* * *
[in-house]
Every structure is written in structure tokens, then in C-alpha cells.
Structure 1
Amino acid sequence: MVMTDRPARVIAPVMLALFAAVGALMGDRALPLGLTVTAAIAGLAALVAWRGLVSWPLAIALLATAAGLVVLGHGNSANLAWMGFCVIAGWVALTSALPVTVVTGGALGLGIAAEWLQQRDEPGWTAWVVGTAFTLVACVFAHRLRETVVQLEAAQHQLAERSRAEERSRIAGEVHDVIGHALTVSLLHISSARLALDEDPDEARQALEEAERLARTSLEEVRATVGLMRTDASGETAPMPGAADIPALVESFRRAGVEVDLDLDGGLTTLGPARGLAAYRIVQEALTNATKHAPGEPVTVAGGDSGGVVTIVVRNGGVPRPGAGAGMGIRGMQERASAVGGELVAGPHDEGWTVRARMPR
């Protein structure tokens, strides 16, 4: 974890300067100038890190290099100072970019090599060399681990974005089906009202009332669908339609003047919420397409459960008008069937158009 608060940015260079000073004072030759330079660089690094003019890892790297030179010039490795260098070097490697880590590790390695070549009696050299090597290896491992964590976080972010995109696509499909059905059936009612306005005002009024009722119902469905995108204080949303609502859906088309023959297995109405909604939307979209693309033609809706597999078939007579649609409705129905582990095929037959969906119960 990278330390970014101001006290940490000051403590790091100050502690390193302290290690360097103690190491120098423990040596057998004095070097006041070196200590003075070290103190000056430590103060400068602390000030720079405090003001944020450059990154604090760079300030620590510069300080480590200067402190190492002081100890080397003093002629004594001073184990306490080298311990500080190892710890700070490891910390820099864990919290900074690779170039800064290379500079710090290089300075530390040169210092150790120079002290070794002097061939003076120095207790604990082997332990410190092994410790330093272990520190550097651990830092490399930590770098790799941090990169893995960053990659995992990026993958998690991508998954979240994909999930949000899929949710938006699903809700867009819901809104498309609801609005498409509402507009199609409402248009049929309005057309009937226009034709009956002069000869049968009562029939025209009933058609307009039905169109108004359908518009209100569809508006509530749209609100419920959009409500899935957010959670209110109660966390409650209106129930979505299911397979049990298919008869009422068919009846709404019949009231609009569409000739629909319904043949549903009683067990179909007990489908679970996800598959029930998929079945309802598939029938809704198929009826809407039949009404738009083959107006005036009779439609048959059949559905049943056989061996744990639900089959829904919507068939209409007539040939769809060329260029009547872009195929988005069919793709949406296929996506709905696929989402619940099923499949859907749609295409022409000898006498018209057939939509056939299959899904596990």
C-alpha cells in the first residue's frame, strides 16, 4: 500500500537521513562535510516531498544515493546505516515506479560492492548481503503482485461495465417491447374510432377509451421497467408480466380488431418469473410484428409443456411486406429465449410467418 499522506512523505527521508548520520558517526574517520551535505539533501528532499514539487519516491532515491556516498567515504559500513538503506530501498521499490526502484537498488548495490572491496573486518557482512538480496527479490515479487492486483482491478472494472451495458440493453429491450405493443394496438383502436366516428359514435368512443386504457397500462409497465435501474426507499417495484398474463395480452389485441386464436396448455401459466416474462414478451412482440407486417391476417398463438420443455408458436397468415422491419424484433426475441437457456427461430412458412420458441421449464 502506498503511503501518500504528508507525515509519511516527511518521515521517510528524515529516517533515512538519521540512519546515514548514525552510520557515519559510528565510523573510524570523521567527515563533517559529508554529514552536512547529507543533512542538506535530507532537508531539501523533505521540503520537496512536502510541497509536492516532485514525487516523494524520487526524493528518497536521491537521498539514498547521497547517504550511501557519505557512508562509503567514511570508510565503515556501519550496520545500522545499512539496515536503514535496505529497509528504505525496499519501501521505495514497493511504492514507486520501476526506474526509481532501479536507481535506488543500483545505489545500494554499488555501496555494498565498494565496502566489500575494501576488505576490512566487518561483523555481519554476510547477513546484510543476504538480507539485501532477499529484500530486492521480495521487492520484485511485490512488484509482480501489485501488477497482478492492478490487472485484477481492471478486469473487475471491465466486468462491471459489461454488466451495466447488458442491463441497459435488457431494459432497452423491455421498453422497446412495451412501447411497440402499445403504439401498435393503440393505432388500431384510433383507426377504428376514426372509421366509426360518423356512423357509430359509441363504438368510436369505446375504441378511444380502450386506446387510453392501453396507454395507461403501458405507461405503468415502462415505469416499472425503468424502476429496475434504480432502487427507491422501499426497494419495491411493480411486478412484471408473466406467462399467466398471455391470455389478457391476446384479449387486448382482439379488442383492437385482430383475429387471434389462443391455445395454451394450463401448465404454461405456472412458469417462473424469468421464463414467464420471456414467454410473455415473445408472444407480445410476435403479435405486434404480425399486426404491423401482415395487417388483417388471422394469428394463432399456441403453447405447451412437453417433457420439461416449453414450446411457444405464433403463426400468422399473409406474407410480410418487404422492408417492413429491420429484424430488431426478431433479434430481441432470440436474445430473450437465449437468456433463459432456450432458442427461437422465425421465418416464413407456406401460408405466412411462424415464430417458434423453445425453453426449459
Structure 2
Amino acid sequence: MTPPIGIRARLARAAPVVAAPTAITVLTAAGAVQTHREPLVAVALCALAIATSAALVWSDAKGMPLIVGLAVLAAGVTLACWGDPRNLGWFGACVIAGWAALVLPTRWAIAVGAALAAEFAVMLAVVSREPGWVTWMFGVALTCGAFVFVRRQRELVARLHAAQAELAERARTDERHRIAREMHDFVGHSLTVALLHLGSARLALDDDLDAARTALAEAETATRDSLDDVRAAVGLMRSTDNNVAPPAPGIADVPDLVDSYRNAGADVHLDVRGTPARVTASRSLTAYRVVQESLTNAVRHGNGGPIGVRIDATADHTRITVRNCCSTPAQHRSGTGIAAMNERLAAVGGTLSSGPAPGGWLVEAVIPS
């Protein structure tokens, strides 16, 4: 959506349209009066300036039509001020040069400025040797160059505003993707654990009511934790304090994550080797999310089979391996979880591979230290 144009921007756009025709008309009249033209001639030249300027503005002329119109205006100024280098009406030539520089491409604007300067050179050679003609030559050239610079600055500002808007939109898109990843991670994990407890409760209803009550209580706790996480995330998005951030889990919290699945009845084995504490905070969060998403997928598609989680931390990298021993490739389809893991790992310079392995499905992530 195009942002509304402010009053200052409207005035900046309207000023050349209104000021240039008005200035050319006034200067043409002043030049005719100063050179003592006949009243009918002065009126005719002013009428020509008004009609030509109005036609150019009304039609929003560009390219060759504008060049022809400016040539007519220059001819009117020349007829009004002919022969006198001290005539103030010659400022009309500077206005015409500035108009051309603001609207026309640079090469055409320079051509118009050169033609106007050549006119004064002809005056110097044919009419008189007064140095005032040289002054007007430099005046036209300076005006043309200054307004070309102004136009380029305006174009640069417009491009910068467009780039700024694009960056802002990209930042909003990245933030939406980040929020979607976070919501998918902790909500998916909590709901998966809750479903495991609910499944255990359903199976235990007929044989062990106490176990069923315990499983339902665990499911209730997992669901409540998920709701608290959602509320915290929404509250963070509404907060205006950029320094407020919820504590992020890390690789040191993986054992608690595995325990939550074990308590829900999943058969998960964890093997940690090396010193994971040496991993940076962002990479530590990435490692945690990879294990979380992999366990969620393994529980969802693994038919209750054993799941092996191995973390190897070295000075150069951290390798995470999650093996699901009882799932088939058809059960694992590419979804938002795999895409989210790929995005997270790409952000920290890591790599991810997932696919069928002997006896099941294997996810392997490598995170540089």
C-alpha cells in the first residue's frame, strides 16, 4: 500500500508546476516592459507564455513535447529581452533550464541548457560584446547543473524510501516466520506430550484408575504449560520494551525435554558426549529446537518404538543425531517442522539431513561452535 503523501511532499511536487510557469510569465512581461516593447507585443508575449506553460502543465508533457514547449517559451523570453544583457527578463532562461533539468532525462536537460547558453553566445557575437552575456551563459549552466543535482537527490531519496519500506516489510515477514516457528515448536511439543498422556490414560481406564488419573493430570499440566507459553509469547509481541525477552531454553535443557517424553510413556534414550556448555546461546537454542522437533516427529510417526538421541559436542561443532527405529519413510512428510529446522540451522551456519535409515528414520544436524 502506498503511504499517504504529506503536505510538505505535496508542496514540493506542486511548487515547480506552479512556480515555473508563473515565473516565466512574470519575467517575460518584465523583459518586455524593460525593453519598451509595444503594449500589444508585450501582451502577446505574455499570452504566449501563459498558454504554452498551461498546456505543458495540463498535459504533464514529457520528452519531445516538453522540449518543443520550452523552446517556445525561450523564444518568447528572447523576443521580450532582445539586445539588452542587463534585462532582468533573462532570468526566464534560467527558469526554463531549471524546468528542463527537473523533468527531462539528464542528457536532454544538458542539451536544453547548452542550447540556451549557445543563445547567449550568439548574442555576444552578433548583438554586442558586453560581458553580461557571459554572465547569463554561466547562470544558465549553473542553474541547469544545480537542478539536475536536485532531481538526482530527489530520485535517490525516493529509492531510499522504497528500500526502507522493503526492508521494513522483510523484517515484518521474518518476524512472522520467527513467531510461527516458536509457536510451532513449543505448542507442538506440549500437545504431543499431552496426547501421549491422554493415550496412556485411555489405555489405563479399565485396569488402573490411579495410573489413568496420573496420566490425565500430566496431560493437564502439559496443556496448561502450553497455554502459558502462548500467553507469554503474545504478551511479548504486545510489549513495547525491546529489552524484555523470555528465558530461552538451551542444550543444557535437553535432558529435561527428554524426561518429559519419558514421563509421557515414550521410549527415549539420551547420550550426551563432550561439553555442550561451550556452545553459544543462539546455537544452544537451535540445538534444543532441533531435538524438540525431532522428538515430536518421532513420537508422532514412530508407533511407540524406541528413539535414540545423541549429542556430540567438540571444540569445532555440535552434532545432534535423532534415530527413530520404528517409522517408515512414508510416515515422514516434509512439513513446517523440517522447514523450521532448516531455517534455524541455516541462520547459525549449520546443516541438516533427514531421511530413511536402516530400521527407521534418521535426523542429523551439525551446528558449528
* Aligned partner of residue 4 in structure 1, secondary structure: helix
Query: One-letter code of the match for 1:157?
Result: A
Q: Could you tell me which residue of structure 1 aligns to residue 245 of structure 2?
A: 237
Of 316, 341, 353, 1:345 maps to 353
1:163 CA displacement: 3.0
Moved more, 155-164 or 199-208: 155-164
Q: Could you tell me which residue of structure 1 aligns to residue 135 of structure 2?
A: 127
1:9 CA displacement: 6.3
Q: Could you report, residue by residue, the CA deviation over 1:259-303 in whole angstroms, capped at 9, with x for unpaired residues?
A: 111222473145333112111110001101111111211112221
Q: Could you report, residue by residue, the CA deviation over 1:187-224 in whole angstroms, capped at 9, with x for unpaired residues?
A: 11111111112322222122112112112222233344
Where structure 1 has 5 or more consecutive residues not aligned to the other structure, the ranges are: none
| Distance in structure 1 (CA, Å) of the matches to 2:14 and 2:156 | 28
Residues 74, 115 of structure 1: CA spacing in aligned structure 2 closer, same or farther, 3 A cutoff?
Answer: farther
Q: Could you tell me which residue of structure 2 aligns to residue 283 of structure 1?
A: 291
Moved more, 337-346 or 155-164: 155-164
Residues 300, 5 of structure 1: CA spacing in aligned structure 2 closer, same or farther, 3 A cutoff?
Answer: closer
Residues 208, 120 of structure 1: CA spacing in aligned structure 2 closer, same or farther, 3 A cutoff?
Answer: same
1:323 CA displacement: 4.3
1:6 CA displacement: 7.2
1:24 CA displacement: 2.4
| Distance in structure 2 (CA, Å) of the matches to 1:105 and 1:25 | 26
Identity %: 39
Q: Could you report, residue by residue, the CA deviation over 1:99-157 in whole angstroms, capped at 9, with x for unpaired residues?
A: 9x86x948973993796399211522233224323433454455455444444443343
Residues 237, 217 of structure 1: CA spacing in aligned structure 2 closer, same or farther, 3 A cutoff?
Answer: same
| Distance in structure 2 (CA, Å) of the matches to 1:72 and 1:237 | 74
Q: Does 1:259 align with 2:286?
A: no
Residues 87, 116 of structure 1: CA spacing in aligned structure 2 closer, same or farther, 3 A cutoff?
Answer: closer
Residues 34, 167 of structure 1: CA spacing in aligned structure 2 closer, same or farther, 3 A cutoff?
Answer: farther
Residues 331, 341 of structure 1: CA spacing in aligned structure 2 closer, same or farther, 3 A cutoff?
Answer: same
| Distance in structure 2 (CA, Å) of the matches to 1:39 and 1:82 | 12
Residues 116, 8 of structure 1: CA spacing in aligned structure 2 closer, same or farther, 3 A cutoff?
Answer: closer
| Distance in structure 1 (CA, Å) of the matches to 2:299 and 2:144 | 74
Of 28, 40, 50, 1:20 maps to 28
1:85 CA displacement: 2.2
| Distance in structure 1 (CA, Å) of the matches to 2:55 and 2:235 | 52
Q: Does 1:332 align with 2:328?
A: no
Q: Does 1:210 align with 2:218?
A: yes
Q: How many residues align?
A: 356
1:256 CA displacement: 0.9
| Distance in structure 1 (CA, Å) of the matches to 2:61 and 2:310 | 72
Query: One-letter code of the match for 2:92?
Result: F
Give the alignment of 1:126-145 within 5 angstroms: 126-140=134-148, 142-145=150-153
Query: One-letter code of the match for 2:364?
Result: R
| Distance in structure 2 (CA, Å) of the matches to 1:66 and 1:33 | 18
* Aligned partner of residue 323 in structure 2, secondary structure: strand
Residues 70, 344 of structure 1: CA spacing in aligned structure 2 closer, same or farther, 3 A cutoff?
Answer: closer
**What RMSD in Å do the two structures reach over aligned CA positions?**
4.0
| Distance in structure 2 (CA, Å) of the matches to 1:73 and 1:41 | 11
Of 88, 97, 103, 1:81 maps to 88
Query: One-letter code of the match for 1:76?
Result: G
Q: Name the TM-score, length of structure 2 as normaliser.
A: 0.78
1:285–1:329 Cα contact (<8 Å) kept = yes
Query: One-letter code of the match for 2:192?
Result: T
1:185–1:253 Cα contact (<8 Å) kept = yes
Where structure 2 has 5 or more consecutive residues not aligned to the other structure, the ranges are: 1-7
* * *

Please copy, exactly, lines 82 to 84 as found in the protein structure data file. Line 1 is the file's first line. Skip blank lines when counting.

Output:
Of 88, 97, 103, 1:81 maps to 88
Query: One-letter code of the match for 1:76?
Result: G